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AEGINA

The island of Aegina is one of Greece’s most popular tourist destinations as it is the closest island to Athens (just 16.5 nautical miles from the port of Piraeus). According to myth, the island was named after the daughter of the river god Asopos, a nymph with whom Zeus fell in love and took with him to the island! Aegina is ideal for family vacations, owing to its fine, smooth beaches. It is the perfect getaway from Athens, while remaining an original island experience.

AEGINA

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An island with a long history, Aegina has played a significant role at many points in Greek history, as it was the seat of the first government of the newly constituted Hellenic state (1828).
The Argosaronic island with the largest area, Aegina is particularly picturesque with clean seas, monasteries, significant archaeological sites, an enchanting capital and lovely villages.
It is famous for its pistachios (pistachio trees have been cultivated on Aegina since 1860, with a local variety reputed to be among the best internationally), and for its ceramics and lace.
The island has been inhabited since the Neolithic period; during the Bronze Age, Achaians from the Peloponnese settled there. Its greatest period was after the 6th cent. BC when it developed major commercial and shipping activity, established colonies and minted its first coinage. In 456 BC it was taken over by the Athenians and then by Spartans, Thebans, Macedonians and Romans.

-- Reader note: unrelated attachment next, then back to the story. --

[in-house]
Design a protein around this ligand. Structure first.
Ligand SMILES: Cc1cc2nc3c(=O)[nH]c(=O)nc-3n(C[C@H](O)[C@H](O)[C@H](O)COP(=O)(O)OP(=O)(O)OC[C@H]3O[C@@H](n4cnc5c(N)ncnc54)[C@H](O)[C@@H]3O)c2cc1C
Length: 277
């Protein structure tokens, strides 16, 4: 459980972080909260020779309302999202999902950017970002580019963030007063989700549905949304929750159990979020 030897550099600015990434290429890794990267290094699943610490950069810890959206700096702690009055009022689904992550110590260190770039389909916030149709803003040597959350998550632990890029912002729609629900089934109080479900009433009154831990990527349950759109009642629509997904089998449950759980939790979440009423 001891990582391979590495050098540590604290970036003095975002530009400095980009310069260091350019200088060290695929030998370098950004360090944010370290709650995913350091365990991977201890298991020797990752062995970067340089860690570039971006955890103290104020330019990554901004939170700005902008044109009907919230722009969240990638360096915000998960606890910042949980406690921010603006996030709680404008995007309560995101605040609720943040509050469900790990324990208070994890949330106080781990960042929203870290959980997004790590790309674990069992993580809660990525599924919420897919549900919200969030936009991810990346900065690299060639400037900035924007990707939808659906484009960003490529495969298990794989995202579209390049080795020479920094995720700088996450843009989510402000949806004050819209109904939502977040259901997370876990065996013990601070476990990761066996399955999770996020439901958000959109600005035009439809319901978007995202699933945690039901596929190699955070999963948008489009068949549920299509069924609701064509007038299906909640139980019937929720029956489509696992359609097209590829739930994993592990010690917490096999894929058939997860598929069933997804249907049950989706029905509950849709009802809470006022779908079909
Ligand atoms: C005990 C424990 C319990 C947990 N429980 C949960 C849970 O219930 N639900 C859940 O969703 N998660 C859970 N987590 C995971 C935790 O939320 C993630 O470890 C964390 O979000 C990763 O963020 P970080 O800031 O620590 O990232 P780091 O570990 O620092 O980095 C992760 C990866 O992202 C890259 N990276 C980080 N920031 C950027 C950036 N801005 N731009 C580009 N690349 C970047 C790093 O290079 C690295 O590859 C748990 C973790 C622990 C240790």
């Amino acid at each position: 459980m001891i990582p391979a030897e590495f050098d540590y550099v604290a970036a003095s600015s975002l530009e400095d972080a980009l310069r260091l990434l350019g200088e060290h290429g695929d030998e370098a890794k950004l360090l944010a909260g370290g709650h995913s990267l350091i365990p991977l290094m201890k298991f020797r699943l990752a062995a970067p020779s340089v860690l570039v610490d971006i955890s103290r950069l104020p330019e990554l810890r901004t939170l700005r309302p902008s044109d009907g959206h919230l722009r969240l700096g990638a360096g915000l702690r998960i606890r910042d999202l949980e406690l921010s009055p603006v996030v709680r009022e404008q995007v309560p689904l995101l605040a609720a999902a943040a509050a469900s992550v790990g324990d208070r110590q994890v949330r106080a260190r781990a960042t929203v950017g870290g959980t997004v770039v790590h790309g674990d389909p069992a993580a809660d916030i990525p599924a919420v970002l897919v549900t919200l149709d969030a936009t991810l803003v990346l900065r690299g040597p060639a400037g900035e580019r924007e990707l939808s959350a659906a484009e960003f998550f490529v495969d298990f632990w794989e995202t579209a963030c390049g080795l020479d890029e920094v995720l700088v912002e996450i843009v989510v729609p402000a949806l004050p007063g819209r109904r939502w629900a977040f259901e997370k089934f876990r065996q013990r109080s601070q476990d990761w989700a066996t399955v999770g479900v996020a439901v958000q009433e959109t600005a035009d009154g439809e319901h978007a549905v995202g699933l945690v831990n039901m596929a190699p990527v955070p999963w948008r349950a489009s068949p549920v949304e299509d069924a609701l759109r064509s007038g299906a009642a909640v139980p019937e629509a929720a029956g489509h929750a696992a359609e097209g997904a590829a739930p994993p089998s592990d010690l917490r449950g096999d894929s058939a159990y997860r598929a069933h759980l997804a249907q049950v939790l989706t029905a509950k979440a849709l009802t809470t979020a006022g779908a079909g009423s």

Frequent pirate raids resulted in the population moving to the steep hill of Palaiohora, which was destroyed in 1537 by the pirate Barbarossa. Then the inhabitants of Aegina returned to the port. In 1826 the Administrative Committee of the Government sought refuge in Bourtzi (Nauplio), under pressure from the military men. In November of 1826, they moved to Aigina. In August 1826, the Anti-Government Committee arrived and after almost six months, the island hosted the swearing in of Greece’s governor, Kapodistrias. The buildings associated with this period are many, which you will see as you stroll through the city.

Source: Visit Greece - The Official website of the Greek Tourism Organisation